One of the most important parts of a film's development is writing the screenplay, which can take writers years to get right, oftentimes even being reworked through post-production. With superhero films, screenwriters need to figure out exactly how to balance the big-budget action spectacles with the more emotional, character-driven scenes. As fun as the superheroic feats are to see, sometimes it's the smaller personal scenes that make more of an impact.

NEWS

In an interview with The Hollywood Reporter , Spider-Man: Homecoming screenwriters Jonathan Goldstein and John Francis Daley revealed which of the Web-Slinger's scenes was the most enjoyable for them to write. On talking about what the two learned from working on a canceled Flash film for Warner Brothers, Goldstein stated that:

The challenge is to approach it as you would a much smaller movie, and not get caught up in the fact that you have $100 million-plus to spend...Rather, focus on the stuff that makes it special and makes an audience invest — and that's the characters.

His writing partner John Francis Daley then responded to that by saying:

And it's how we approached Spider-Man , too. Our favorite scene that we wrote in the movie was the scene in the car where Michael Keaton is driving Tom Holland to the dance. It was probably the least visual spectacle of that whole film.

WHAT THIS MEANS

John Francis Daley and Jonathan Goldstein are both incredibly talented writers and directors, having lent their abilities to Game Night , Horrible Bosses , and the recently announced Dungeons and Dragons adaptation. Their work on Spider-Man: Homecoming definitely added a unique comedic voice to our Friendly Neighborhood Wall-crawler, and though there were many writers credited on the screenplay, it was Francis Daley and Goldstein that crafted most of the film's structure and tone.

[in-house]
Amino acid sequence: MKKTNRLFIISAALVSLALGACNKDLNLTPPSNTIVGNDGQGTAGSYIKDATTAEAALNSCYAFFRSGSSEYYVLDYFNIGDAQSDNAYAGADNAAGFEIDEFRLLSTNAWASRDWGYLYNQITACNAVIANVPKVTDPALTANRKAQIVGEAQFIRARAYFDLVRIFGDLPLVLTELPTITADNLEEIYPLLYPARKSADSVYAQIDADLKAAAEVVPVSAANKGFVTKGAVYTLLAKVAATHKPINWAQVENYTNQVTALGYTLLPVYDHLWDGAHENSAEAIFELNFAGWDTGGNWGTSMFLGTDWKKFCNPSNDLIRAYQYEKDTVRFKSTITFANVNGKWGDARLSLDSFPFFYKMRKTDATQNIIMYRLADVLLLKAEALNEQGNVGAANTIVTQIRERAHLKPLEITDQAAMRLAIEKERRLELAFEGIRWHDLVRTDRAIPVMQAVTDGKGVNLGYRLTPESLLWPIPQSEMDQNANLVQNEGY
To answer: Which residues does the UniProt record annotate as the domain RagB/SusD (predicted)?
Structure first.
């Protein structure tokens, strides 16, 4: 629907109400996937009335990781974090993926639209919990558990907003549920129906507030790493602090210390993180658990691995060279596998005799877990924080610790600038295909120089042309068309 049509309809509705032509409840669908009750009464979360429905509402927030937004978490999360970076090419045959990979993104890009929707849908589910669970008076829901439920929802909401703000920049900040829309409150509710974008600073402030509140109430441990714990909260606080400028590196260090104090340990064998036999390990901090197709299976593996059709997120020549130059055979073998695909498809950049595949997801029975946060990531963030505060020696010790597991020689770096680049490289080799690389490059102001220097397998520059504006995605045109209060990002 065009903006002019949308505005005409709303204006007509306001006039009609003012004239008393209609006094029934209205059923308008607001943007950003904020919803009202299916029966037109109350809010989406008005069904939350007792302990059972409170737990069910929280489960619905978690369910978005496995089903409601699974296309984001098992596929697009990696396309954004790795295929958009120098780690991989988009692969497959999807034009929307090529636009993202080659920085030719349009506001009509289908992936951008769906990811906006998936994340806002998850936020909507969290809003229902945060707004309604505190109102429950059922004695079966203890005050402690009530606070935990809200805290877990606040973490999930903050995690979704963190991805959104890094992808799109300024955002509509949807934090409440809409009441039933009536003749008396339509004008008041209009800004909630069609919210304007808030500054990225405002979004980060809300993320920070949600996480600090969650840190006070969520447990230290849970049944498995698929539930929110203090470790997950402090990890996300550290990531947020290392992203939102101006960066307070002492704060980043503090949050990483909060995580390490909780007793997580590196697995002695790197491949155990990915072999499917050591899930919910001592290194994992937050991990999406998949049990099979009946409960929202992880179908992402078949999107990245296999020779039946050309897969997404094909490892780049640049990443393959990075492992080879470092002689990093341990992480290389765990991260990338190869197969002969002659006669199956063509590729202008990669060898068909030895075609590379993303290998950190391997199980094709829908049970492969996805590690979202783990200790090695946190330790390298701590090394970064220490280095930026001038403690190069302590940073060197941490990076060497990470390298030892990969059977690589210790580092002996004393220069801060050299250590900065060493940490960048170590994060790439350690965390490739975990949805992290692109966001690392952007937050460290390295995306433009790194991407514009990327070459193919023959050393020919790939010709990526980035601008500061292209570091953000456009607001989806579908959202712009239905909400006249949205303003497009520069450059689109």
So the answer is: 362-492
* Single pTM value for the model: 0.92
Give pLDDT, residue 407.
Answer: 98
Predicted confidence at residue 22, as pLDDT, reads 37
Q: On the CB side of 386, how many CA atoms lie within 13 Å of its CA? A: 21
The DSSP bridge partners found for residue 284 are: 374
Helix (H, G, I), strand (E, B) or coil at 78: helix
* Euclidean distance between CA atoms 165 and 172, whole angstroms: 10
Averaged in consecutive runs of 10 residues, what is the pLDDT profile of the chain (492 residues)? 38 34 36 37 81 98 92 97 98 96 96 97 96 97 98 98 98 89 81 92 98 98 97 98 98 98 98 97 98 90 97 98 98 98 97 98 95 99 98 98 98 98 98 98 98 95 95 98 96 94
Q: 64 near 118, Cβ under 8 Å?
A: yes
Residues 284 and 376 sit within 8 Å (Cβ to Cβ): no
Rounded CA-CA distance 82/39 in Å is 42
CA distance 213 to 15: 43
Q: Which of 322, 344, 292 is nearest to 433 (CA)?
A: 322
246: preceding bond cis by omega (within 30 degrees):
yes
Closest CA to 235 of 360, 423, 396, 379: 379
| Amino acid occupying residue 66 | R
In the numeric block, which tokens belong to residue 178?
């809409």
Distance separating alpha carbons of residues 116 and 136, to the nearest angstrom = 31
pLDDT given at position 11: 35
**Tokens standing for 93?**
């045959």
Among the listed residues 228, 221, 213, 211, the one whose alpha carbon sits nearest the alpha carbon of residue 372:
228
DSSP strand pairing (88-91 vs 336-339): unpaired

The scene between Adrian Toomes and Peter Parker that the pair spoke of was a stand-out part of Homecoming . As Toomes realized that the superhero who's been standing in the way of his criminal endeavors was his daughter's date, he stops Peter to give him a bone-chilling threat to stay away and just enjoy the dance. The performances of Michael Keaton and Tom Holland did a lot to showcase the danger Peter Parker faced by being Spider-Man, but the true root of the scene's success came from the well-written and efficient dialogue.

The writing pair made many preparations to make sure their Spider-Man film felt much different than any that had come before it. Goldstein stated in an interview with CreativeScreenwriting that "We went in with a take that was diametrically opposed to the Spider-Man movies that had come before," as they later revealed to THR that their favorite aspects about working on the film were highlighting Peter's immaturity, fears, and high school roots. The final product most definitely delivered, and it's with moments such as the tense car scene that set Spider-Man: Homecoming apart from other iconic versions of the character.

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